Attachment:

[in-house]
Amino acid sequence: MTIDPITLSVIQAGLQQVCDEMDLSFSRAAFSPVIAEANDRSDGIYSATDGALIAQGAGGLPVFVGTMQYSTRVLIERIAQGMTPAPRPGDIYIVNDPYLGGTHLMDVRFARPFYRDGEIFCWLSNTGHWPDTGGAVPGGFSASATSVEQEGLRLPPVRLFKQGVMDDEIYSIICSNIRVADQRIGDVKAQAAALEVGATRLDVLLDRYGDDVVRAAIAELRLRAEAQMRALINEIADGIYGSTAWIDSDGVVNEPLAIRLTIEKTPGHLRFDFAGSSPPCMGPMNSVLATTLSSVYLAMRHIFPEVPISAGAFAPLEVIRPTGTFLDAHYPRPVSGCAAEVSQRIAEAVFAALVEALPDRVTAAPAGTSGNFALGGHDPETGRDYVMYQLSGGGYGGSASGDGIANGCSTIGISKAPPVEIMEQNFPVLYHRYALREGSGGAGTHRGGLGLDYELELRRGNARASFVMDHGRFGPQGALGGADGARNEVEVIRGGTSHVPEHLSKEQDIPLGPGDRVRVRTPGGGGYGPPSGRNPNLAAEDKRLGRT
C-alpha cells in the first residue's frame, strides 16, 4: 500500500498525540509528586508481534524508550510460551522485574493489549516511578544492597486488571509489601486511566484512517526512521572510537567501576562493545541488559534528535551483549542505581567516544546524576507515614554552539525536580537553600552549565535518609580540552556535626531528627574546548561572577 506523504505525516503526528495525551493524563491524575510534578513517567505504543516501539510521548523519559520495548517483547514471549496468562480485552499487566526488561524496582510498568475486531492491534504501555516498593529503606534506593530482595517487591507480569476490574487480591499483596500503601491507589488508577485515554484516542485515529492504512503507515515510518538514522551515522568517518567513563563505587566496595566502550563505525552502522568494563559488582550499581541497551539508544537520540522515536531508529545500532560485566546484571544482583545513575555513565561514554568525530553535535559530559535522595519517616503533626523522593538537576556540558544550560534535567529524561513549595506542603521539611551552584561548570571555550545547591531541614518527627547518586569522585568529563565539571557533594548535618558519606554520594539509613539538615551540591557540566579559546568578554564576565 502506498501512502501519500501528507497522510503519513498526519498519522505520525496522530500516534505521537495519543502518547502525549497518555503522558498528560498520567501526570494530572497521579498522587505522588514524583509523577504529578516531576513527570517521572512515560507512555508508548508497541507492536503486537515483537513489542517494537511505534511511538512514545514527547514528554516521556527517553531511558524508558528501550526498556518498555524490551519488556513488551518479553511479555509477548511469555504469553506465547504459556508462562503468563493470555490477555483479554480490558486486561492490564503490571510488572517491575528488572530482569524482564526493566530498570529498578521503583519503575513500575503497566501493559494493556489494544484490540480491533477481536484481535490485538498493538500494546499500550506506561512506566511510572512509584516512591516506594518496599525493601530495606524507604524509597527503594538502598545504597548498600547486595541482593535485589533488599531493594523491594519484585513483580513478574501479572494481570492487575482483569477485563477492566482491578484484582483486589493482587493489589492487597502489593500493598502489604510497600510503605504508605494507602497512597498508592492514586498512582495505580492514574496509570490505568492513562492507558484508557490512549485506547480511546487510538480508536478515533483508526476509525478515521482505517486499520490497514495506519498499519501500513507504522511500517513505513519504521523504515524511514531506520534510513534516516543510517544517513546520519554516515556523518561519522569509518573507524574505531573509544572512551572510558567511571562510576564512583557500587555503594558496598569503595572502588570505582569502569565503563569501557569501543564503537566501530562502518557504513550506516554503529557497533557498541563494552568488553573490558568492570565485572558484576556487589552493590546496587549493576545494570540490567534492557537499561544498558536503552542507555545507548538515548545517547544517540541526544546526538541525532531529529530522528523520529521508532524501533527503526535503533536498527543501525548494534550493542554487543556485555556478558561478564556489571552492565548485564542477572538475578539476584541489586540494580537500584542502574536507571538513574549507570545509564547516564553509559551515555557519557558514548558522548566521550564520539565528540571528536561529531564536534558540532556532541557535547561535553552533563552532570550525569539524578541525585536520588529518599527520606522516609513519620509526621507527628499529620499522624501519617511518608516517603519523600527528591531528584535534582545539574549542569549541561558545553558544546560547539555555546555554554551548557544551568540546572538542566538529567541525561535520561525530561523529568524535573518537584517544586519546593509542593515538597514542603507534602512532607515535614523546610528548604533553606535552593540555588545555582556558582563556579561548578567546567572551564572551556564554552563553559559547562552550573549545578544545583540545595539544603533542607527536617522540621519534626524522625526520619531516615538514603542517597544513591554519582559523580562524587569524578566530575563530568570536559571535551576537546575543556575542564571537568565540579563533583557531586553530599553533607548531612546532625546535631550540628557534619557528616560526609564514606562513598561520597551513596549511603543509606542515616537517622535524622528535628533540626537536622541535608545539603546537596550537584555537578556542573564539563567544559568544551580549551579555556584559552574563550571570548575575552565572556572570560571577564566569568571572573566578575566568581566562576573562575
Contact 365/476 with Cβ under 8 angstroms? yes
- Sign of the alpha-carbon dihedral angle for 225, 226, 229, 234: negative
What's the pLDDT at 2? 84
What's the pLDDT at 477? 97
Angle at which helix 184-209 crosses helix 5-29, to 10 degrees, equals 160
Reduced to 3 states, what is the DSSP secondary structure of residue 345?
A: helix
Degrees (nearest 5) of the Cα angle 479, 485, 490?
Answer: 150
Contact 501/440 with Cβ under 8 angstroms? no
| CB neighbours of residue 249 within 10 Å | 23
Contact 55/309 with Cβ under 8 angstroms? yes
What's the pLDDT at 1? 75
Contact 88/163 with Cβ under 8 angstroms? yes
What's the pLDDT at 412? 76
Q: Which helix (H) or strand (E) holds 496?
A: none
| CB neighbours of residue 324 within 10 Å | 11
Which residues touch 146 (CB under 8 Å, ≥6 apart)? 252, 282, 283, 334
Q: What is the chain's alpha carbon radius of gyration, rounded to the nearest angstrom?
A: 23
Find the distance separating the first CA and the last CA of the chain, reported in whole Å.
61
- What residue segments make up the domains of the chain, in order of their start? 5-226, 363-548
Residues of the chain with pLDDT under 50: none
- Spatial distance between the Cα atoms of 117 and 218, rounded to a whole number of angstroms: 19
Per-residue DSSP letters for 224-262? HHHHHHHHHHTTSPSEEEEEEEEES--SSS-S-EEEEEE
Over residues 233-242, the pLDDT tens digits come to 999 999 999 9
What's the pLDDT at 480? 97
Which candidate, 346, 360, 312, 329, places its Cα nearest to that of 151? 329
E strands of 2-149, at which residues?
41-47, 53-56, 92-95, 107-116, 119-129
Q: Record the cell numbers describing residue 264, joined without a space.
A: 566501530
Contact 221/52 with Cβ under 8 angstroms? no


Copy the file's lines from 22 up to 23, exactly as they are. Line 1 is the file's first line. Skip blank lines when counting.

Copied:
Which residues touch 146 (CB under 8 Å, ≥6 apart)? 252, 282, 283, 334
Q: What is the chain's alpha carbon radius of gyration, rounded to the nearest angstrom?